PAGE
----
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The Donington Collection has been one of motor racing’s heritage landmarks, but its doors are now closing for the final time
The sad news that the Donington Collection museum would be closing its doors for the final time on November 5 did not altogether come as a surprise. But hey, let’s all look on the bright side. For 45 years the world’s largest collection of historic Formula 1 racing cars was right here, open to the public and its huge range of machinery did the best job possible – in the circumstances – of informing and entertaining not only an enthusiast audience, but also a considerable proportion of casual visitors. The museum’s visitor total over those 45 years exceeds some 2.5 million – not too shabby. For me the most satisfying thing was the number of young children brought to the place, to learn, admire and hopefully enjoy. If their visits inspired a proportion of them to get into the racing world, and so develop an interest that could sustain them throughout an enjoyable life, well… that’s what Tom Wheatcroft, the Collection’s creator, would really have enjoyed.
For ‘Wheatie’, Donington Park was where his own lifelong enthusiasm for motor sport on both two wheels and four had been first ignited. There could be nothing wrong about passing on that baton to today’s youth. Tom cycled to the circuit in 1935 to watch a motorcycle meeting. He was completely entranced, and subsequently attended most of the circuit’s race meetings for both cars and bikes up to the last in 1939. In fact, he would often reminisce about hanging on the fence, open-mouthed, watching the silver cars from Mercedes-Benz and Auto Union absolutely pulverise British ERA opposition in the 1937 and 1938 Donington GPs.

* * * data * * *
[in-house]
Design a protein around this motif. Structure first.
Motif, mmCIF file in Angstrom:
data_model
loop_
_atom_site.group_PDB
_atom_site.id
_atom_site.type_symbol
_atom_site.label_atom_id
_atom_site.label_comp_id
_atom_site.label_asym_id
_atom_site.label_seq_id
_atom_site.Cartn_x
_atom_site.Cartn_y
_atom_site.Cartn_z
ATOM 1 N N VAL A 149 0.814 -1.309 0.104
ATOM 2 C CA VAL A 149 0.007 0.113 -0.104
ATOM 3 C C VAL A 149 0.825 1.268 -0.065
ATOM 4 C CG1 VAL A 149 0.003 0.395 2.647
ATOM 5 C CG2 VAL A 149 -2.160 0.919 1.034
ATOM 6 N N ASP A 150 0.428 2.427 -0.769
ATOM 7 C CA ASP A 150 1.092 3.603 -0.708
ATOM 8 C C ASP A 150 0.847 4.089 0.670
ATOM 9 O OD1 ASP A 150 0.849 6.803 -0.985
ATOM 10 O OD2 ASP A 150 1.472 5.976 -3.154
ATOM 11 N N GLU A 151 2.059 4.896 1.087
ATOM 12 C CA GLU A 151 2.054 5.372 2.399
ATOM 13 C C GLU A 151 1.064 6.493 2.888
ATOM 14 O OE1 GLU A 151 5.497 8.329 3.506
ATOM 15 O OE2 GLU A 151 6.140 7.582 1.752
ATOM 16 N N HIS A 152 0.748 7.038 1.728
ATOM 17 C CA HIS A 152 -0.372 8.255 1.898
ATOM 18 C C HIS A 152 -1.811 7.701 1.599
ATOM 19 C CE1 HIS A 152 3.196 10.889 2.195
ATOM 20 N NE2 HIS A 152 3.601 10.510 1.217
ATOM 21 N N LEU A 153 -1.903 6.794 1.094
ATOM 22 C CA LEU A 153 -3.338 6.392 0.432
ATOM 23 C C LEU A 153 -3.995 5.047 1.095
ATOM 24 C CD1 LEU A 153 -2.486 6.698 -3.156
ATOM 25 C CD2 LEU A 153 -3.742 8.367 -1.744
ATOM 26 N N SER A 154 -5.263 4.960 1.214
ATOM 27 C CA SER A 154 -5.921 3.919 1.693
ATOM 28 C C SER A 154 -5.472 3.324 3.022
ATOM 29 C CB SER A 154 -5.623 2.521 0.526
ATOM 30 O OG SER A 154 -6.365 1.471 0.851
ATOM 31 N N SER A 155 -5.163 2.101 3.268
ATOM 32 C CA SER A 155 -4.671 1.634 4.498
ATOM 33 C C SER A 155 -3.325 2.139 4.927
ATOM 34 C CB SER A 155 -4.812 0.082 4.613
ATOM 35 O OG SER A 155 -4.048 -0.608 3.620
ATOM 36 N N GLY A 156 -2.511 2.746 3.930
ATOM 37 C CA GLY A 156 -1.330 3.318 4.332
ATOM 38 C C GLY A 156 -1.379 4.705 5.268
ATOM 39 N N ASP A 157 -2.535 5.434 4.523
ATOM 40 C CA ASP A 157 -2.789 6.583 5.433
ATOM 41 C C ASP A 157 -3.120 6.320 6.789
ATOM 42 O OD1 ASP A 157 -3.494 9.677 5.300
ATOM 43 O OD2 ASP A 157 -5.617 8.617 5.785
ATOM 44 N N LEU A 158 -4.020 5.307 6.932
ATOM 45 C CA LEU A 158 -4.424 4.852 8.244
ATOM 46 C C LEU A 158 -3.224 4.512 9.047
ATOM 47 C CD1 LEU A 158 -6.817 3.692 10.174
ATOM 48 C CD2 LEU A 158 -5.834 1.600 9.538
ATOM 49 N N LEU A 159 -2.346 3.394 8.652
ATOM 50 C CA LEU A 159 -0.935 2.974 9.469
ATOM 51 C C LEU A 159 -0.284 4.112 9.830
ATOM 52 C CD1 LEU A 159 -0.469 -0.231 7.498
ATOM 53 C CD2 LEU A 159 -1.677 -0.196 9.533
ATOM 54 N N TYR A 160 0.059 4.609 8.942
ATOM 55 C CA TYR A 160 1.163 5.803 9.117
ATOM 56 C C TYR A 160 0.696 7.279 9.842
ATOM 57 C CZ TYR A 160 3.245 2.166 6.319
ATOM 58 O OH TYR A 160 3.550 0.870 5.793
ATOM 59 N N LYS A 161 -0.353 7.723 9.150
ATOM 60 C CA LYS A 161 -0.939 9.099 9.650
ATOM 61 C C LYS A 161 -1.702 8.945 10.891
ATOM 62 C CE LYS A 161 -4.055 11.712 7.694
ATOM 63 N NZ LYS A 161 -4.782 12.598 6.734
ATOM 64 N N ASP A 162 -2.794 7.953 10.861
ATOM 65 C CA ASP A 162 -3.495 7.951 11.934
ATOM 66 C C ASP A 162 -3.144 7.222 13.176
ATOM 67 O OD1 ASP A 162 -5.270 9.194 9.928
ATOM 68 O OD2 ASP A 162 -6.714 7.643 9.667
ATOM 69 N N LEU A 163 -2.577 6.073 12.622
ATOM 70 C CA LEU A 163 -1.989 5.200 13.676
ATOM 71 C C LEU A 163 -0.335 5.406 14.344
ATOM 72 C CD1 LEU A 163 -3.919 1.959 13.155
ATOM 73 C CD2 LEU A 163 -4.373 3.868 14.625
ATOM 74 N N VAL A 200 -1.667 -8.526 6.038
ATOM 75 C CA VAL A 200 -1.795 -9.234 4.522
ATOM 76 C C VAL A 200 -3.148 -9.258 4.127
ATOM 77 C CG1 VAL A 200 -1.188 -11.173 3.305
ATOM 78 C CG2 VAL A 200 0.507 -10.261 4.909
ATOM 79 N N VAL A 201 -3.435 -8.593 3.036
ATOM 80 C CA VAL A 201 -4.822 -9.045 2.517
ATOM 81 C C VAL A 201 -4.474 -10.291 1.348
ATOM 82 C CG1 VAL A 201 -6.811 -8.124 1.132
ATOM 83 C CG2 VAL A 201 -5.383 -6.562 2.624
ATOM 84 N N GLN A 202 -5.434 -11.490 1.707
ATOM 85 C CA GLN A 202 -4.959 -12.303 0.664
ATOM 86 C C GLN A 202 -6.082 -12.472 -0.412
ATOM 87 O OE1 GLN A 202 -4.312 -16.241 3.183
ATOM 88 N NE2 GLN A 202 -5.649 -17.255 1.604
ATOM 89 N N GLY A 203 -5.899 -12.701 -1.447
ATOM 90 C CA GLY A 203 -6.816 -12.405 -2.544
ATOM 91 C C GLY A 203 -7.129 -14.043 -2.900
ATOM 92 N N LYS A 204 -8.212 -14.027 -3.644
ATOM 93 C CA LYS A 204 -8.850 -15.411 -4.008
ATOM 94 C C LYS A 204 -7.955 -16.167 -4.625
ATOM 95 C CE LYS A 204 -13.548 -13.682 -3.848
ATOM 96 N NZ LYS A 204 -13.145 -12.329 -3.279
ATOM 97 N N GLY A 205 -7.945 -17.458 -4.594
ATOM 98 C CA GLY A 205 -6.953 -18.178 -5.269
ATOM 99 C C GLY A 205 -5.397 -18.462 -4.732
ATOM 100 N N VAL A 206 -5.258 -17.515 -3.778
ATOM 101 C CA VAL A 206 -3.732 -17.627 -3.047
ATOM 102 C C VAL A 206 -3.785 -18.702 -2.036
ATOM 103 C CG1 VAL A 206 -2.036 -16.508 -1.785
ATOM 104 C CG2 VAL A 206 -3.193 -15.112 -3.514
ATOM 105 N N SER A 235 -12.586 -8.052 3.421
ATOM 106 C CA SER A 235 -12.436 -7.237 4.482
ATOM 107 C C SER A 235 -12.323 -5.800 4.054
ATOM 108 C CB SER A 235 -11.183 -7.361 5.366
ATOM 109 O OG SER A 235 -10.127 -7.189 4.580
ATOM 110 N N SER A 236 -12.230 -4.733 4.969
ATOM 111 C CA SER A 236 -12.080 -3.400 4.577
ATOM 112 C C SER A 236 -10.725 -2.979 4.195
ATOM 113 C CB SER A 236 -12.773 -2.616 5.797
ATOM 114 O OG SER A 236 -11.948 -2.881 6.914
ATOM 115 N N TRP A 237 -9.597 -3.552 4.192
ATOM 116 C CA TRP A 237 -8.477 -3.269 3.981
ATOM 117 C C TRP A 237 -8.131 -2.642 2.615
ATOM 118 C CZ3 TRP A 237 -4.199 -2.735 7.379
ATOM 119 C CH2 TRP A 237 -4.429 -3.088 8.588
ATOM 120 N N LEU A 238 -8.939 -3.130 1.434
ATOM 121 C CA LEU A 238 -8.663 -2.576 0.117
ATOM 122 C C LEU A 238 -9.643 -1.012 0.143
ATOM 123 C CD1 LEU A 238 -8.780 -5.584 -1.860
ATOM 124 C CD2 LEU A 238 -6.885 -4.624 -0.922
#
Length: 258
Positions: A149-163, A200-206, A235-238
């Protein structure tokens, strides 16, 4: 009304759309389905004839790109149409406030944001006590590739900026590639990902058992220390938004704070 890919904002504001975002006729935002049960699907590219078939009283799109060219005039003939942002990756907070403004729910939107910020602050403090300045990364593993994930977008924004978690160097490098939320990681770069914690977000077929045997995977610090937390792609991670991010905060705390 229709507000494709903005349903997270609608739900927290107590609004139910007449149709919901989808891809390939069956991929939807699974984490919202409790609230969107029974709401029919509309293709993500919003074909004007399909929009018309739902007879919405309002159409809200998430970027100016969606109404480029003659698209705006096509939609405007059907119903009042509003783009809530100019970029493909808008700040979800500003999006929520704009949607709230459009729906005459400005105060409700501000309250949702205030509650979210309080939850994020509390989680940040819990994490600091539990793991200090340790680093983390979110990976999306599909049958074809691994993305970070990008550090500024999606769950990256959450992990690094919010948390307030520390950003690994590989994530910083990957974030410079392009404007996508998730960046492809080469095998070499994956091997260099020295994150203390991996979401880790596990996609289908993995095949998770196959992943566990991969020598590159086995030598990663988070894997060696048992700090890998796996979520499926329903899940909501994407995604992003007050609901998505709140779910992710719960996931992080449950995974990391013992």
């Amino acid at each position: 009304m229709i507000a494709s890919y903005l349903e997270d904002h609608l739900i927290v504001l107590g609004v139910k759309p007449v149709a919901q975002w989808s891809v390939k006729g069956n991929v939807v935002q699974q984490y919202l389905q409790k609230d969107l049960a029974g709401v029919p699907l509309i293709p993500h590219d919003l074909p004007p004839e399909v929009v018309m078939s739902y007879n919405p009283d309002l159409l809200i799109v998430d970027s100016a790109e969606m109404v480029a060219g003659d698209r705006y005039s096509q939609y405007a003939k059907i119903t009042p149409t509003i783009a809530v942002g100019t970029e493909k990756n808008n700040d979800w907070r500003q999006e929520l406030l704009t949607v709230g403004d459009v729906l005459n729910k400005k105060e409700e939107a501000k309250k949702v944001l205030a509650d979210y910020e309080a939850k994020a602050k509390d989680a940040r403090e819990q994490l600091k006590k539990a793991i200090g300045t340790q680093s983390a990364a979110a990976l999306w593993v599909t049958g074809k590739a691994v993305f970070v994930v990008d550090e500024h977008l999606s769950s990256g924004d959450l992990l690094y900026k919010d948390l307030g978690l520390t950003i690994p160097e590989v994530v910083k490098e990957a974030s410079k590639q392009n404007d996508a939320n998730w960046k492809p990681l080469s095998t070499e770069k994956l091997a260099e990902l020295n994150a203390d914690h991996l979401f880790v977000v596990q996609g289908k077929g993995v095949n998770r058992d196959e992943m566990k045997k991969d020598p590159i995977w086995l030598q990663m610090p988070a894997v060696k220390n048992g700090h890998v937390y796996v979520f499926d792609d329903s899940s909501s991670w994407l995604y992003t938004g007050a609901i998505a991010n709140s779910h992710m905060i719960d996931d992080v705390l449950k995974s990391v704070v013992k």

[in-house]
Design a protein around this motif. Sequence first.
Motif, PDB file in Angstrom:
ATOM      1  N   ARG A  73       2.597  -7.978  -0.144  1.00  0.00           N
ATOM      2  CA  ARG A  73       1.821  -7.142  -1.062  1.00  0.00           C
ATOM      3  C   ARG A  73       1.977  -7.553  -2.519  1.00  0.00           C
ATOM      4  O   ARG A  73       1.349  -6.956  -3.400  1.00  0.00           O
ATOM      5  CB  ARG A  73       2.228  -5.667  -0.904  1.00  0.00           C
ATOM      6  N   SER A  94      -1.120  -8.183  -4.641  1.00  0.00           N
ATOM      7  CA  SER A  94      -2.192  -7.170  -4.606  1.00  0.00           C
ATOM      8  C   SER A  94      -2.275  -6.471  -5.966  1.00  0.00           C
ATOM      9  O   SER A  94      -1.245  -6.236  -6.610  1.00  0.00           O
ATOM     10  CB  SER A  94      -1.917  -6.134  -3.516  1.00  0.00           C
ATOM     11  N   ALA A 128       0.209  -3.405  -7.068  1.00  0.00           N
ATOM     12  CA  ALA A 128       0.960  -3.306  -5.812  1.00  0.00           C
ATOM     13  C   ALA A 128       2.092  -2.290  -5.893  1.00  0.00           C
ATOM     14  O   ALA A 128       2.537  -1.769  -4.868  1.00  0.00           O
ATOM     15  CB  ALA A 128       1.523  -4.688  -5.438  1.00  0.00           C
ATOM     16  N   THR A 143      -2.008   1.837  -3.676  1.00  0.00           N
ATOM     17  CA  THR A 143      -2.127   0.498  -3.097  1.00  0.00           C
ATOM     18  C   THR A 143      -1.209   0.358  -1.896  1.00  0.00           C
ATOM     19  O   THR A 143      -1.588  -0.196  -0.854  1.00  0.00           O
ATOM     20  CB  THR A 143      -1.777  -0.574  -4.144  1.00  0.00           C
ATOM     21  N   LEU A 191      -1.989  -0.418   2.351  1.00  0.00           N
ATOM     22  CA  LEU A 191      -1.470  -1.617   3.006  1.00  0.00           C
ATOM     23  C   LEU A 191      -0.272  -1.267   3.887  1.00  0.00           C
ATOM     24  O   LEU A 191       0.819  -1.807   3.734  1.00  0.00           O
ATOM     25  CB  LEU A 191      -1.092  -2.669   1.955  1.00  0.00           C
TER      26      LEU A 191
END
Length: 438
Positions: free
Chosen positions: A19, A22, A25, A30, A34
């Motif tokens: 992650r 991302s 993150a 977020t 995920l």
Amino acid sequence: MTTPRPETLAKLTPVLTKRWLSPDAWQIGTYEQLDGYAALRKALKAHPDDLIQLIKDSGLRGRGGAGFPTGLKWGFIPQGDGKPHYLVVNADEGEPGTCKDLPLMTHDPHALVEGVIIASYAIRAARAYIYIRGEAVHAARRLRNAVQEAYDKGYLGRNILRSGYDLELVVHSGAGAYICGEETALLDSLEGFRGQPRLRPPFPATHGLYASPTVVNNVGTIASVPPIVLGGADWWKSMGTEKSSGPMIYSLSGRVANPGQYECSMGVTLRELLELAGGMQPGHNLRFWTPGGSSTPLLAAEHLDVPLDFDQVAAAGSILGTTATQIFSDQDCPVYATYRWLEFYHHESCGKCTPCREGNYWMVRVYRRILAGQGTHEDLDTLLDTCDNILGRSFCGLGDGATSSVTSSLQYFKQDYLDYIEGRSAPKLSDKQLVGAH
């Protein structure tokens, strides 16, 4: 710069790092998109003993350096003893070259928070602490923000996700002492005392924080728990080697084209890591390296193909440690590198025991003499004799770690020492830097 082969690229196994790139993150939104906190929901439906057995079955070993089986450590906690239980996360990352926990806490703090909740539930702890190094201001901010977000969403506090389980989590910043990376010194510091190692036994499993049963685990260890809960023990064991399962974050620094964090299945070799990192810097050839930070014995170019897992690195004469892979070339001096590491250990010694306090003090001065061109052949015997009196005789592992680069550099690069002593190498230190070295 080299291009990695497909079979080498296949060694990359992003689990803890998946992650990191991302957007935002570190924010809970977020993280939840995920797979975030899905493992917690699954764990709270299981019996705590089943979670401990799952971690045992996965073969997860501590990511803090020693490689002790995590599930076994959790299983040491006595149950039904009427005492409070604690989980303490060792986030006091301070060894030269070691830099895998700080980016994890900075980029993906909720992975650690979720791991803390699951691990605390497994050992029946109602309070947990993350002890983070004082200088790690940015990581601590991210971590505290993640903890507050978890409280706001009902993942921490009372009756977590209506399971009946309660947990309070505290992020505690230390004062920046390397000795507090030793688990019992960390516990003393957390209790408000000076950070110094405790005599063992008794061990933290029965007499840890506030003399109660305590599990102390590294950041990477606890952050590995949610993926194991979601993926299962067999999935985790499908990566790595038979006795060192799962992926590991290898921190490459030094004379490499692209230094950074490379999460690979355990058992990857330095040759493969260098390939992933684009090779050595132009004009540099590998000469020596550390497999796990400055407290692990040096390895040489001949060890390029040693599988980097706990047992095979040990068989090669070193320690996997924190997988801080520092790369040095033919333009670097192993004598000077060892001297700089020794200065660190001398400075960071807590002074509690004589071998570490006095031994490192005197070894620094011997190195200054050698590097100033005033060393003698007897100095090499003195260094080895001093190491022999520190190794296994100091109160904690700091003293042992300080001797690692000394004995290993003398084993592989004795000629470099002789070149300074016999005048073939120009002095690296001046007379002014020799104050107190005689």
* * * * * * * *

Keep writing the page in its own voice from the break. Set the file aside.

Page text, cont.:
When Kevin Wheatcroft, Tom’s son, telephoned me early in October and told me what he had regretfully decided to do – nine years after his father’s death – he said: “You were in at the start Doug, and I’d like you to be involved now at the finish.” I was, and remain, really touched by that thought. I had written the original press releases back in 1973 about the newly built museum’s imminent opening – which duly took place on March 16 that year – and now I found myself composing news of the closure, and distributing it to the agencies, the national press and the broadcast and internet media. Blimey – I’d always sworn I wouldn’t work in PR (largely because I know my own limitations in that direction).